Talk about a senior who did not want to play his last game. Smith, he of the 17 assists and 23 turnovers in 5 career games against Duke, was incredible with 19 points, 12 rebounds and 7 assists and the game-winning fadeaway 18-footer with 1.3 seconds left. Smith began his career as an out-of-control freshman burdened with the unenviable task of replacing Chris Paul. Four years later, he has became a gutsy, tough, calm and clutch leader for the Demon Deacons. We don’t get a stacked round-of-32 matchup between UT and UK, but we do get another matchup to watch: Smith and John Wall going head to head. Speed vs. Speed.


A bit harsh to pick on someone from a mid-major, especially given Johnson’s incredible made-for-TV-movie story to get to where he is today. But Johnson provided some bulletin-board material for New Mexico earlier in the week by suggesting that the Grizzlies got off easing by drawing the Lobos instead of possibly a Big East team. Maybe he wished he got the Big East team instead. Against New Mexico, he wound up eating his words, going 1-12 from the field and negating an inspired effort by his teammates to become the second 14-seed to win on the day. And isn’t it ironic that the Big East (1-3) performed worse in the day than the Lobos’ conference, the Mountain West (2-2).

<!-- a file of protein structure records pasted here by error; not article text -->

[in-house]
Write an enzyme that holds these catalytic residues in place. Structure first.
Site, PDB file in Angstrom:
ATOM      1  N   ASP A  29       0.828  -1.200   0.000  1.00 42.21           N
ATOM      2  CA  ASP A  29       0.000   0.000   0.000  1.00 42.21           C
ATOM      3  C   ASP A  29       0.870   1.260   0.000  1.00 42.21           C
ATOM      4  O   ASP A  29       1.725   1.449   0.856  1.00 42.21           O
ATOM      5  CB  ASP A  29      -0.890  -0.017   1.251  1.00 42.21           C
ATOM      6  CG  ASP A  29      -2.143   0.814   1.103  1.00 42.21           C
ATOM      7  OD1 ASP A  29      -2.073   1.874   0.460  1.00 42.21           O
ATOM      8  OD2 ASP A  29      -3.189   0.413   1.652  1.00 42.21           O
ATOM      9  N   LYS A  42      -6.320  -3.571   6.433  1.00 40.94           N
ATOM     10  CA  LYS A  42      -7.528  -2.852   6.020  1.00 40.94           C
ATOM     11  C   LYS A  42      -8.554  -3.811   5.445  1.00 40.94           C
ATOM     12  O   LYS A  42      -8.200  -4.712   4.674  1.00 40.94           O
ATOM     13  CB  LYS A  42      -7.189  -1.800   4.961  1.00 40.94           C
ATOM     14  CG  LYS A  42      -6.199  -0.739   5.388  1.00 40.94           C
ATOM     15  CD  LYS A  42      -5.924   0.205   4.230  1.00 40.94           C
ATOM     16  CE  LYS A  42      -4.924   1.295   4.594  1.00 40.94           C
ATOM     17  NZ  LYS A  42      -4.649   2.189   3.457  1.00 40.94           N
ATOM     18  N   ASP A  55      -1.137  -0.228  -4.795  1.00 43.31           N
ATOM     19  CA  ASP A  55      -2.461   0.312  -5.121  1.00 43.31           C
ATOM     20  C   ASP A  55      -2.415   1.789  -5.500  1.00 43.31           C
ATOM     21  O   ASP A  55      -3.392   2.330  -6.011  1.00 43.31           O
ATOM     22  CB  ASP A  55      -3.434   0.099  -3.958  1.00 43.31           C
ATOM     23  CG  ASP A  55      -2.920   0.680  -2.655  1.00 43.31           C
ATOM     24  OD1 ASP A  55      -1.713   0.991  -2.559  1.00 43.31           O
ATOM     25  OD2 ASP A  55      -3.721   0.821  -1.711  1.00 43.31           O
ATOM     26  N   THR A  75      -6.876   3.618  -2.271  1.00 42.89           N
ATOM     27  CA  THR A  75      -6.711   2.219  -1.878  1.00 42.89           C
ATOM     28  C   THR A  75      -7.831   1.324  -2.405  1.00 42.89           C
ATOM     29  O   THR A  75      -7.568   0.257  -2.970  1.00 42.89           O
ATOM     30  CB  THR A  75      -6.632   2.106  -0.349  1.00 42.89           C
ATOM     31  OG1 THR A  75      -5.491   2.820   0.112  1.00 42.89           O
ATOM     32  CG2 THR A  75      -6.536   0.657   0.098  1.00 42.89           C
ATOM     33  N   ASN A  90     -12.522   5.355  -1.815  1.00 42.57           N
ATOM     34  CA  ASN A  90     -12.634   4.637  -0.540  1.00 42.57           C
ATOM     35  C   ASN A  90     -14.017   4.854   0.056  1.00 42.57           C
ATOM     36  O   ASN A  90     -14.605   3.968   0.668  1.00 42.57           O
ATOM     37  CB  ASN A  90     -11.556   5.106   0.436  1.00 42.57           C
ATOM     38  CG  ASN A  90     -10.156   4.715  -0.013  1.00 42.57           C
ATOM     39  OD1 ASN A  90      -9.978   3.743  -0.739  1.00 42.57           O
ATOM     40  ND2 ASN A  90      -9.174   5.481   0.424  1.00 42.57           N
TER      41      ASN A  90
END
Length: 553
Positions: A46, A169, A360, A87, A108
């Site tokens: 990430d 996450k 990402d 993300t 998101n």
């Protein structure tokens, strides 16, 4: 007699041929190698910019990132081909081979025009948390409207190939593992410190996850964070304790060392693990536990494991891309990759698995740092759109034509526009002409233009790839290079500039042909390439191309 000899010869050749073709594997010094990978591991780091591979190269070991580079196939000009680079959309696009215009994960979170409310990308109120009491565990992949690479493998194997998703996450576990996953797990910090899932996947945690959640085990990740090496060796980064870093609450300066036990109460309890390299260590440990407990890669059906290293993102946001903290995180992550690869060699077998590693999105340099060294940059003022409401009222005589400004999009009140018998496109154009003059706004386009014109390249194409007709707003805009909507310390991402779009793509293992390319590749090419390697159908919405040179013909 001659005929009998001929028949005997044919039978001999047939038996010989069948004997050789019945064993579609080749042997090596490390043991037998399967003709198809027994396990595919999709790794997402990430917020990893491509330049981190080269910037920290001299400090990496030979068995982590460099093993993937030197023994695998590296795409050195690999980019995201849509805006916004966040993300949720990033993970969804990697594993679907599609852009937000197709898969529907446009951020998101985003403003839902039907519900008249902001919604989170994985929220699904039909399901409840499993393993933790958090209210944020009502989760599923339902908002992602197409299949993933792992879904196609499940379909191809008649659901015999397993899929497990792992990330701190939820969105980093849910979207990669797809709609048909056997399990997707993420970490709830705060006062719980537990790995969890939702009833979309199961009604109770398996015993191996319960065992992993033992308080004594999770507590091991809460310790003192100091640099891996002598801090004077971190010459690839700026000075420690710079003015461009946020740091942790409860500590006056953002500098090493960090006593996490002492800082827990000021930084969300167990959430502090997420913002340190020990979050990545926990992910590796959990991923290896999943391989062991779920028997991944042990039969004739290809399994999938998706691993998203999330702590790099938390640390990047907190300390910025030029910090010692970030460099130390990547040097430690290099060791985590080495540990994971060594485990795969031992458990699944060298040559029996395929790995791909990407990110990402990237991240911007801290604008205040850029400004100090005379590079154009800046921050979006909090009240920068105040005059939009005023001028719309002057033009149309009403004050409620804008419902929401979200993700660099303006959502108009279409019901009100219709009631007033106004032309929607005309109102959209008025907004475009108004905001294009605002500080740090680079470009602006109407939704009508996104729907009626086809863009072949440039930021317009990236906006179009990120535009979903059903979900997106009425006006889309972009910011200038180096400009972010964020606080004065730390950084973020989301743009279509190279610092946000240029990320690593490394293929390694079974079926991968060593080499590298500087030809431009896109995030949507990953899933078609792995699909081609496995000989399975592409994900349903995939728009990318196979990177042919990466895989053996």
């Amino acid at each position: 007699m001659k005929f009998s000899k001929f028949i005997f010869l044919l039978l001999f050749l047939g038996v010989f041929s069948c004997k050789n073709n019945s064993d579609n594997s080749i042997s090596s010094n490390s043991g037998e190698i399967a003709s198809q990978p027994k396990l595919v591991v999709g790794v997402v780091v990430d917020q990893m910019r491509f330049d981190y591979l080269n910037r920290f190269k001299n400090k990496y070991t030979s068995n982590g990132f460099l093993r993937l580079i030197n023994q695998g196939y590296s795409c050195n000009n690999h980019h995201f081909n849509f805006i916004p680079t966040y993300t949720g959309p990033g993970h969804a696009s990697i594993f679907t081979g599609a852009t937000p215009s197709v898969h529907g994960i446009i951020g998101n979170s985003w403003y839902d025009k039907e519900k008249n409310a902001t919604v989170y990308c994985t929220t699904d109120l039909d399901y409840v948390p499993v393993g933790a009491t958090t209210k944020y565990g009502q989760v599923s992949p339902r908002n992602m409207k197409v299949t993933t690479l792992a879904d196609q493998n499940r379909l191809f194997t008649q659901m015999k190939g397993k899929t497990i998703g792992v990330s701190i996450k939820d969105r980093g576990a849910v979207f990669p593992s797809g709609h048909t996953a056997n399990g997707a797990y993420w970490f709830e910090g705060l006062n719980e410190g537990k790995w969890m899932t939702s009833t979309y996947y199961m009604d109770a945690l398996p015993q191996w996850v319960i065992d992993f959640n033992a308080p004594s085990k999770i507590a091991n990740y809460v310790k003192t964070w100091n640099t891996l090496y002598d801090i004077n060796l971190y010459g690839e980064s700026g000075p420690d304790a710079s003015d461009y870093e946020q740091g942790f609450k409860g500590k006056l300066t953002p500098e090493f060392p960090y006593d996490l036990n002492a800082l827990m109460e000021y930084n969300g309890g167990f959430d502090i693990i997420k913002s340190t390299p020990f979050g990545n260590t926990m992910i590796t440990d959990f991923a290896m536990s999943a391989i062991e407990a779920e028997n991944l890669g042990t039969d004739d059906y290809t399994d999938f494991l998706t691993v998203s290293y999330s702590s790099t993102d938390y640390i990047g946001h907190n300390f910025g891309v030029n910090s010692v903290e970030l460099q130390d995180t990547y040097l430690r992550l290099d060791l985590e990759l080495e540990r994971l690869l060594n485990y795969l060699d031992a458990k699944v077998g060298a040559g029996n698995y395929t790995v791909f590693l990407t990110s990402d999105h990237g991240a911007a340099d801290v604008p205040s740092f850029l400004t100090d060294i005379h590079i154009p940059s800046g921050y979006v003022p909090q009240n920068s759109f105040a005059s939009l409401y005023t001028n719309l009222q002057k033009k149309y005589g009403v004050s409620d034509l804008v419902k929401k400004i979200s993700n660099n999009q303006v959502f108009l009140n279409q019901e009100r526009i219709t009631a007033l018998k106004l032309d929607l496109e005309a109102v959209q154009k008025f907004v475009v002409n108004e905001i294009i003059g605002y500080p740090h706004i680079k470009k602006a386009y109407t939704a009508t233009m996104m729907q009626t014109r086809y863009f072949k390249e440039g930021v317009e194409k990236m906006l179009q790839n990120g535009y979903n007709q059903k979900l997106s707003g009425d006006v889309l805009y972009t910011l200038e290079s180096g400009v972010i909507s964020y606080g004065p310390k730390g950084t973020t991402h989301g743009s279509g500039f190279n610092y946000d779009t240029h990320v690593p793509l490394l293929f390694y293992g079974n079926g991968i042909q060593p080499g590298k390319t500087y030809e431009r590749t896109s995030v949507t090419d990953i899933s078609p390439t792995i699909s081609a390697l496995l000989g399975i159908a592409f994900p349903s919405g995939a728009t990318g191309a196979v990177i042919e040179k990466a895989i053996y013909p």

So the Pac-10 has, and rightfully so, been the punching bag of the Big Six conferences all season. So of course a Pac-10 team beats a team from the former “best conference” in America. In another example of a senior who did not want to play his last game, Pondexter showed those Pac-10 media members and coaches who did not vote him Player of the Year just how much intestinal fortitude he has. After hitting a tough hanging bank shot from the left wing with 1.7 seconds, Pondexter put another dagger into the Big East’s day by sending Marquette back to Milwaukee. Let’s see what response Pac-10 Player of the Year Jerome Randle has against Louisville later tonight.